This horse's head comes from the Grotte d'Enlène, near Trois Frères. It would seem that the fashion for this sort of artefact was widespread across the Pyrenees. It is very similar to the ones from Isturitz.

Photo: Tête de cheval découpée et gravée sur os d'Enlène (cl. C. Fritz/ © Service d'Exploitation des Sites Touristiques de l'Ariège)


Isturitz spirals lourdes and arudy  spirals

(left) Spirals on baguettes demi-ronde found at Isturitz.

(right) For comparison, spirally decorated baguettes demi-ronde at Arudy in the Basses Pyrénées and at Lourdes, in the Hautes Pyrénées.

Note the cross sections.

Photo: Passemard (1920)

Isturitz tools

Various tools and carvings of bone, antler and flint from the Magdalenian deposits of Isturitz.

Note especially the deeply carved baguette demi-ronde, iconic of the carvings of Isturitz.

Photo: Kathy King 2010

Source: Possibly originals, display at Musée d'archéologie nationale, Saint-Germain-en-Laye

Isturitz tools

Various tools of bone from Isturitz, a close up of the photo above.

Note in particular the bone needle and the spear tip with forked base, designed to be slotted onto a specially prepared wooden shaft, and bound in place with sinew or cord, and kept in place with glue or pitch.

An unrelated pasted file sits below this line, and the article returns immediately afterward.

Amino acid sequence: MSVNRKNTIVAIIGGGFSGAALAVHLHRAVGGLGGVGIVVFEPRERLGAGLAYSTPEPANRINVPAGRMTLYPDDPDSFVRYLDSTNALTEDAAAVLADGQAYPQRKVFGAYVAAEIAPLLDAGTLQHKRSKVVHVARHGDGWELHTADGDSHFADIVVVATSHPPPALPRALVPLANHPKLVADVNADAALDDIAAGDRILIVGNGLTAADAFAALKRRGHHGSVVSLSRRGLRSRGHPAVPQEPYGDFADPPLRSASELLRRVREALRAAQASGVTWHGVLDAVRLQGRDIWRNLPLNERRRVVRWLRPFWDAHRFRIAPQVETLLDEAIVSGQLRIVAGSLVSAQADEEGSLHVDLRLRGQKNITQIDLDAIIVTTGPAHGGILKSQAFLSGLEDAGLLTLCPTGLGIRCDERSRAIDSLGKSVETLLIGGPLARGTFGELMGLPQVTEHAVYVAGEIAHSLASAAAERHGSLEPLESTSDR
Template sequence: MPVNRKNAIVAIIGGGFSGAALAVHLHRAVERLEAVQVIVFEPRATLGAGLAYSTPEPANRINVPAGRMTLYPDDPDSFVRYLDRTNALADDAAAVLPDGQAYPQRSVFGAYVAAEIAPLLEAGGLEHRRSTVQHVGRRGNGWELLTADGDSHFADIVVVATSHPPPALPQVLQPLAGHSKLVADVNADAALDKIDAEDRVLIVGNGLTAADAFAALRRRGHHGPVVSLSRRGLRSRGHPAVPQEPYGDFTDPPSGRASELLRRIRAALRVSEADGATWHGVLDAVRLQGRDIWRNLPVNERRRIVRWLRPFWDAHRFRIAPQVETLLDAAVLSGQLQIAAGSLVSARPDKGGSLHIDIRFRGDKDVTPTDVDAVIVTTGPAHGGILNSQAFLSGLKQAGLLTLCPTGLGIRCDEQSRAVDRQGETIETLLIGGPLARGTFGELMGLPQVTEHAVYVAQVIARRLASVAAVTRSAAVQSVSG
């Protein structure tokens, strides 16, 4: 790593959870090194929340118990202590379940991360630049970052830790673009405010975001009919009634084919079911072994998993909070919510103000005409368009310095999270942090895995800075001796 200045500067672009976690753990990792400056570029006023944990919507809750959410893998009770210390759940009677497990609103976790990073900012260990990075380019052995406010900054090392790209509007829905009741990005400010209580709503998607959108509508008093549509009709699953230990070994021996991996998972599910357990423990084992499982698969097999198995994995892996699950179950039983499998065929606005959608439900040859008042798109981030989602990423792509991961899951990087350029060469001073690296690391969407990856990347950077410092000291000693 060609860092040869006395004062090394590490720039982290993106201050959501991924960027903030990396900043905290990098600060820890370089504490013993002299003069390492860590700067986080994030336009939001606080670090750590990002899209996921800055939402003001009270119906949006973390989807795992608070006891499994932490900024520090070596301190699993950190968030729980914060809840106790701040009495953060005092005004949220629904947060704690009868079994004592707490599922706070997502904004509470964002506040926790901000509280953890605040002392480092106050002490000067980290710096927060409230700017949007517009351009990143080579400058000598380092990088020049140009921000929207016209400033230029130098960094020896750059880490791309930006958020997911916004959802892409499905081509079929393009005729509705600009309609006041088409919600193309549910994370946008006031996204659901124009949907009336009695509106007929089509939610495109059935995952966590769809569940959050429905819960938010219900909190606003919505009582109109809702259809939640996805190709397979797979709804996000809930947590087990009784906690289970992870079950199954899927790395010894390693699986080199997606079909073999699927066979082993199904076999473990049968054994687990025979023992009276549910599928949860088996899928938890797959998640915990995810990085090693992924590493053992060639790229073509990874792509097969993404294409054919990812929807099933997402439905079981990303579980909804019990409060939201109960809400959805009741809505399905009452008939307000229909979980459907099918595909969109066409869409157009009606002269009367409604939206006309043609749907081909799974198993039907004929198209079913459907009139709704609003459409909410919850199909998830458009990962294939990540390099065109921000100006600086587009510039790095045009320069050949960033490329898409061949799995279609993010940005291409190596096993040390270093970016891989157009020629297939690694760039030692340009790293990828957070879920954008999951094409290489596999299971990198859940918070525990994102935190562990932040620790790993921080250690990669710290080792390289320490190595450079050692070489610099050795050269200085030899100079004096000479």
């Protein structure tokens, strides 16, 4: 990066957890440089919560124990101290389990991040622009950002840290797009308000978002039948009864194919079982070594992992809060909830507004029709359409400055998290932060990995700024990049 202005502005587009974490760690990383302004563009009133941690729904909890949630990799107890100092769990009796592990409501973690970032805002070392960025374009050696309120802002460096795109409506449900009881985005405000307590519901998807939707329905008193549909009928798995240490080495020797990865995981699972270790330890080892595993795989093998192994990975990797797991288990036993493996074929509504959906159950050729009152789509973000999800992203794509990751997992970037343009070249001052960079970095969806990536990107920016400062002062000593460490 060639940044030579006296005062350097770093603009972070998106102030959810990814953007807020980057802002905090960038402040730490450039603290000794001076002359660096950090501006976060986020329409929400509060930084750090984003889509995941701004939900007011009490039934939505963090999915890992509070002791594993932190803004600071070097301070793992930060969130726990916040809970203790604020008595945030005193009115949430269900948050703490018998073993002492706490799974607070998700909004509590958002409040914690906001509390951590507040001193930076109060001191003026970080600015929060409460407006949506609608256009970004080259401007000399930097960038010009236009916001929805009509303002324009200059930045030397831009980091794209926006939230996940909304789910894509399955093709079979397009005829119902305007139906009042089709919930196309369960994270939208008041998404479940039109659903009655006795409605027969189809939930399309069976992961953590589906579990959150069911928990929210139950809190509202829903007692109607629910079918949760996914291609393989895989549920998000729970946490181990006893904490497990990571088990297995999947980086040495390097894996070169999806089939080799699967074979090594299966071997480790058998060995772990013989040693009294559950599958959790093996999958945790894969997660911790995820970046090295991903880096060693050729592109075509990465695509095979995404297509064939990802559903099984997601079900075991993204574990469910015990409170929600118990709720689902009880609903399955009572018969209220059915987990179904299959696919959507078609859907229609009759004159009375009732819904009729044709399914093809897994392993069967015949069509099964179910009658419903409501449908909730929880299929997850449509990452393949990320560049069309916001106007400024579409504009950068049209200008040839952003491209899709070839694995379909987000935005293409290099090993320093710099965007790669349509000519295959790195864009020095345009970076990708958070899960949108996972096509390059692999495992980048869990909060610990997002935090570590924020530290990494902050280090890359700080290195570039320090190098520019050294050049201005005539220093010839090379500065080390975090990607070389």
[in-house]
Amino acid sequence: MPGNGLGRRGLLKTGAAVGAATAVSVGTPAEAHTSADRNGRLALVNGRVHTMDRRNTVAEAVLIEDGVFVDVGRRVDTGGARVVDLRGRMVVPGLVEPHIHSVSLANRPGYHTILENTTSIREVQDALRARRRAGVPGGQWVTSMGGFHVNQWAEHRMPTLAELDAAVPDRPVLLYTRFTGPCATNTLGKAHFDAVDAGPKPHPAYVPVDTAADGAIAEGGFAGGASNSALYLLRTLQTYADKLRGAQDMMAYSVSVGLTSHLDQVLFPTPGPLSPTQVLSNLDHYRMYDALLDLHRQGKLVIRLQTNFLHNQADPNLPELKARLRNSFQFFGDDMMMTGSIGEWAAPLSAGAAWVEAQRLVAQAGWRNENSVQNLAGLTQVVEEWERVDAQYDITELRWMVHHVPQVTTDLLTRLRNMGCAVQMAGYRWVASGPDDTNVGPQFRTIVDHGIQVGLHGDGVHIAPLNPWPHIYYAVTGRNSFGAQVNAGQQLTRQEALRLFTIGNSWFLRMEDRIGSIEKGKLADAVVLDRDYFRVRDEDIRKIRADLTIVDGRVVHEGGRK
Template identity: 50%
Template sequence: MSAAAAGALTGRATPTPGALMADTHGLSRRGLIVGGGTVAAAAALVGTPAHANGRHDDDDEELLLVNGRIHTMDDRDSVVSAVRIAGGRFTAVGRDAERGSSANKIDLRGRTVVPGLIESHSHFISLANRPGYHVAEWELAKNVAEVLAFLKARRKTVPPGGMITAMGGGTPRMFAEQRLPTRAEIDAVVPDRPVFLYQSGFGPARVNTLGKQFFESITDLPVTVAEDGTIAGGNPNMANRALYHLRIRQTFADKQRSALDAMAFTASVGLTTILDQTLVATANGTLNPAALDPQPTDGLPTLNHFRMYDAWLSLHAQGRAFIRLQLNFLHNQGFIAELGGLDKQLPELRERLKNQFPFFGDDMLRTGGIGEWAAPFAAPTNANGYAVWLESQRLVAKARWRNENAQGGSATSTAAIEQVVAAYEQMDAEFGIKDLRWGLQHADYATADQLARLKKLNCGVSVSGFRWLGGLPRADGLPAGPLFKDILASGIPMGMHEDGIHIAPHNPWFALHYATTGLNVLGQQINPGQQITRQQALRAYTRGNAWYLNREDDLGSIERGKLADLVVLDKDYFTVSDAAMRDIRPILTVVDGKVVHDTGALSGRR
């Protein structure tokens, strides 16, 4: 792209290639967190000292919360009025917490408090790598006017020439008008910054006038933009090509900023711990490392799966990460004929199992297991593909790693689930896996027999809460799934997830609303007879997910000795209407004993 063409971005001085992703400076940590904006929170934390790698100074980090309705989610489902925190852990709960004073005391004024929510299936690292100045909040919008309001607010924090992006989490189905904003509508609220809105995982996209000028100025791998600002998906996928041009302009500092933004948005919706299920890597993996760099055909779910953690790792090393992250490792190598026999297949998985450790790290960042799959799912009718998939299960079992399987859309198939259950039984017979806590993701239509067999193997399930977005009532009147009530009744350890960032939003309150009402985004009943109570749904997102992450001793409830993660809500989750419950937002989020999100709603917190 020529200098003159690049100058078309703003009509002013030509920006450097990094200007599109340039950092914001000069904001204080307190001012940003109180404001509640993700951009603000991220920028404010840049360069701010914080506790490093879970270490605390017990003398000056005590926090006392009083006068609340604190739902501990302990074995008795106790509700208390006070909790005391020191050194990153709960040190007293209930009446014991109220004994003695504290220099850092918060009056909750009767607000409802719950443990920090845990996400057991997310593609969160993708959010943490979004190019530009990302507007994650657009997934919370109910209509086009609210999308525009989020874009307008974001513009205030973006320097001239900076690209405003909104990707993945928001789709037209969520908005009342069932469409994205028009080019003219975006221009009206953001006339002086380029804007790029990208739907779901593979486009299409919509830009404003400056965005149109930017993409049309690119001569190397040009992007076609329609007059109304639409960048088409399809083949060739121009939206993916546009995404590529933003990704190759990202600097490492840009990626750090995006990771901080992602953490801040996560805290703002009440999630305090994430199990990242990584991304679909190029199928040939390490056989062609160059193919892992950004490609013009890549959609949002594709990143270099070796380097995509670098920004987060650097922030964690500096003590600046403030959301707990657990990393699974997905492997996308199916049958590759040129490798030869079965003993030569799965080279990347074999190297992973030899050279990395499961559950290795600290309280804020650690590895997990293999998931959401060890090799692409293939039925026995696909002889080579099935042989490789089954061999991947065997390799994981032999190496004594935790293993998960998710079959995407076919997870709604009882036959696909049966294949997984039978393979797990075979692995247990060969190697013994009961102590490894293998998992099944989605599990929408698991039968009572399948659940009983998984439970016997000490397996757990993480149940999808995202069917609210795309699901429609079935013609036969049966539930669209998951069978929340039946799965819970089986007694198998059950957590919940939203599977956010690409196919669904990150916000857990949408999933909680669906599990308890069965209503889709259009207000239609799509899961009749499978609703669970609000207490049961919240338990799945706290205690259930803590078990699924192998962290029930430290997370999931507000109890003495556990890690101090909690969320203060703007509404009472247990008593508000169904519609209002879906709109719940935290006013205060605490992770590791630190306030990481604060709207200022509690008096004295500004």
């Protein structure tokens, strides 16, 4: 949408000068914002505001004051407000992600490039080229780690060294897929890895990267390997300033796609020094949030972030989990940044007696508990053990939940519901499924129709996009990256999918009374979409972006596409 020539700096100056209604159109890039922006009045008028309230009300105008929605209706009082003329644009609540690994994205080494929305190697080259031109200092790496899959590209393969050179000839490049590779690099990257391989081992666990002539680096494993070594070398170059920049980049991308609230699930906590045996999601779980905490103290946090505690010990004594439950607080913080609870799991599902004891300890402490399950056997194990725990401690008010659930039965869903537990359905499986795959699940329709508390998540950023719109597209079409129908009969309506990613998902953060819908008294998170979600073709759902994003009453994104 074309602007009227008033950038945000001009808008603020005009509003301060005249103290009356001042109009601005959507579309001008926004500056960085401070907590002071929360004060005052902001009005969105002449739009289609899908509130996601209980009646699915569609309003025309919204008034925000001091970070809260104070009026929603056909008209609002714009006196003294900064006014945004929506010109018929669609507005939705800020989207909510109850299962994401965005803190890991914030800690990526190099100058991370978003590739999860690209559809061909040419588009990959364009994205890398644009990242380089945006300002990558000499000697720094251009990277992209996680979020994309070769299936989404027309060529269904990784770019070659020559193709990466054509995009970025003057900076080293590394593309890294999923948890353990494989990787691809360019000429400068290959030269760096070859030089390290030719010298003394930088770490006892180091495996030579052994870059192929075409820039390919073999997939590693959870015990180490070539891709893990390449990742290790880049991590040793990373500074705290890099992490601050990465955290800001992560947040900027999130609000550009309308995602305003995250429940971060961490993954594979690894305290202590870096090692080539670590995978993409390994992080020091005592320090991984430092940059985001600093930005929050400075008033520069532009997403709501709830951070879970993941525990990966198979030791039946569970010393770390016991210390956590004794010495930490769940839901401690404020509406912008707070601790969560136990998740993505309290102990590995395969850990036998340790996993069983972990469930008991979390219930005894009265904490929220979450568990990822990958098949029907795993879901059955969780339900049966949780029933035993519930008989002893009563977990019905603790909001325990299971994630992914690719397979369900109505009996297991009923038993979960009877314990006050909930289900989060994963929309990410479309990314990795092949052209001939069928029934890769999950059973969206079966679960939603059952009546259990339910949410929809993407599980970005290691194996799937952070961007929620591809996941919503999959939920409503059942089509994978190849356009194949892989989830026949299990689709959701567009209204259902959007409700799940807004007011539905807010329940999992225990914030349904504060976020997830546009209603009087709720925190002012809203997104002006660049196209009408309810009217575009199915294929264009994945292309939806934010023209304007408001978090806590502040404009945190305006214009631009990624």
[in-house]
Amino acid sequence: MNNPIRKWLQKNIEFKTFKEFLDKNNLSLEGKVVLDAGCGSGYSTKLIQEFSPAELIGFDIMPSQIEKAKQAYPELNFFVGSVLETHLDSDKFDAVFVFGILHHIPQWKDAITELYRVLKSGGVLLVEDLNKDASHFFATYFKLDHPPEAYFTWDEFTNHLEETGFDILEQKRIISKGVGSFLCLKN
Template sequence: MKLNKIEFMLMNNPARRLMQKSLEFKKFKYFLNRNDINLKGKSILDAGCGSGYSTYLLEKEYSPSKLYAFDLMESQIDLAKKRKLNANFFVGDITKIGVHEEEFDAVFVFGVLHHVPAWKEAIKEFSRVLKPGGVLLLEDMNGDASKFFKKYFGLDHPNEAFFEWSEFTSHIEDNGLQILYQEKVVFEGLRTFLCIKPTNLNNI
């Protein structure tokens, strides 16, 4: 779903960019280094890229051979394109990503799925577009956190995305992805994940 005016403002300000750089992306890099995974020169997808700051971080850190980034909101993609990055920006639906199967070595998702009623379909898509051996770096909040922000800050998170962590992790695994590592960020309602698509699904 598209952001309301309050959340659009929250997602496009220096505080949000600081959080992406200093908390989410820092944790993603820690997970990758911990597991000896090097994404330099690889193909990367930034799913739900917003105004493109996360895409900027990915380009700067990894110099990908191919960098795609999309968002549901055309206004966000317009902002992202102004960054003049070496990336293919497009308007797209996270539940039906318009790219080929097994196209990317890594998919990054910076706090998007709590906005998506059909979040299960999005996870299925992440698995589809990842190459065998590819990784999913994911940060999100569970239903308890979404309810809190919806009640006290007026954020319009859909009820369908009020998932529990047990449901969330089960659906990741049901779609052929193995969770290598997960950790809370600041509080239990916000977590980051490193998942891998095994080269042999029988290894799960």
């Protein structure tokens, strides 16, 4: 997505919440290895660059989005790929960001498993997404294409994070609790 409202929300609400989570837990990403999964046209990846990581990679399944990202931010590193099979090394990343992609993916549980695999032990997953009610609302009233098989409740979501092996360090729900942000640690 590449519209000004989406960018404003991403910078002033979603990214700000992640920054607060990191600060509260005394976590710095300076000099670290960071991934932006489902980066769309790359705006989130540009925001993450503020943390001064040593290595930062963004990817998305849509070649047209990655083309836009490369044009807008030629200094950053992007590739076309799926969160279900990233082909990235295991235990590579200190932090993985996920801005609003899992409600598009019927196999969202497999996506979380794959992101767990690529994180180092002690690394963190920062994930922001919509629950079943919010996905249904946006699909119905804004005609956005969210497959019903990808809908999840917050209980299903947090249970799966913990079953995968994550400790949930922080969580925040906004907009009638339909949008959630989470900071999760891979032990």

If sinew is wetted, it becomes soft and pliable, and when it is bound around a point and spear tip, it shrinks and holds tight as it dries, so it may be that glue is not needed when this method is used.

Photo: Kathy King 2010

Source: Possibly originals, display at Musée d'archéologie nationale, Saint-Germain-en-Laye

Isturitz bullroarer

(See the image below this one for an example of a bullroarer from Lalinde, Dordogne)

Bullroarers were used as noise makers during the Paleolithic, and are swung around the head from a string, and the shape induces it to rotate in a plane vertically to the plane of rotation around the head, which produces the characteristic sound.

Photo: Kathy King 2010

Source: Display at Musée d'archéologie nationale, Saint-Germain-en-Laye

noisemakers - whistle and flute and bullroarer

Music and dance are ephemeral art forms. However the existence of music in the Paleolithic is attested by the discovery of several types of instruments: flutes, whistles, bull-roarers and scrapers.